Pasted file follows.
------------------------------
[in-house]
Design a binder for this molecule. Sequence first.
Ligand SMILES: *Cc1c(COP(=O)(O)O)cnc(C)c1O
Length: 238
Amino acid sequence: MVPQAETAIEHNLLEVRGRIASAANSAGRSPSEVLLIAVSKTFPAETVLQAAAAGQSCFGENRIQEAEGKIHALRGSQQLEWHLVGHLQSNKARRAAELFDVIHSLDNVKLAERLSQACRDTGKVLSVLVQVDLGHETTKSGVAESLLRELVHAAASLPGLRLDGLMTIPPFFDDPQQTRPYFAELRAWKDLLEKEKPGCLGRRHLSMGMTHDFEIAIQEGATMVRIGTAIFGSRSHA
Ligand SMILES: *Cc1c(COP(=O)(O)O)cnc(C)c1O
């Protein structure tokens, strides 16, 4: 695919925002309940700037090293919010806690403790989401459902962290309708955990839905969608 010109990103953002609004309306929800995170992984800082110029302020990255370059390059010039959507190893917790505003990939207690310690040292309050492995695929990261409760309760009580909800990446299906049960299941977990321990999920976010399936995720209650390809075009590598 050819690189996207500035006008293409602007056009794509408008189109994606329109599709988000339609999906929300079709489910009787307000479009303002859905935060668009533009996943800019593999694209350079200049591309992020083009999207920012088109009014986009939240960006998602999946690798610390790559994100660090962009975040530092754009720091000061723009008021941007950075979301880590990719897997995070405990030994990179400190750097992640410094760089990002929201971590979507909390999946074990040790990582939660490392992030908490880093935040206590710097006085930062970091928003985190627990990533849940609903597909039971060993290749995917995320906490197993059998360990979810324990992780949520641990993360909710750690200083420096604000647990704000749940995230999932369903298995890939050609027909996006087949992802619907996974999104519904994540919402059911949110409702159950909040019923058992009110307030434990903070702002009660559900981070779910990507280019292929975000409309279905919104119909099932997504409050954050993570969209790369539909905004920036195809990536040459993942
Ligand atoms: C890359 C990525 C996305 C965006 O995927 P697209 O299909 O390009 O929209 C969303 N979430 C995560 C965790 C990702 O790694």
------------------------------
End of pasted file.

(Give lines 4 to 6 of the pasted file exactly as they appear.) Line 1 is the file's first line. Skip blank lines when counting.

Length: 238
Amino acid sequence: MVPQAETAIEHNLLEVRGRIASAANSAGRSPSEVLLIAVSKTFPAETVLQAAAAGQSCFGENRIQEAEGKIHALRGSQQLEWHLVGHLQSNKARRAAELFDVIHSLDNVKLAERLSQACRDTGKVLSVLVQVDLGHETTKSGVAESLLRELVHAAASLPGLRLDGLMTIPPFFDDPQQTRPYFAELRAWKDLLEKEKPGCLGRRHLSMGMTHDFEIAIQEGATMVRIGTAIFGSRSHA
Ligand SMILES: *Cc1c(COP(=O)(O)O)cnc(C)c1O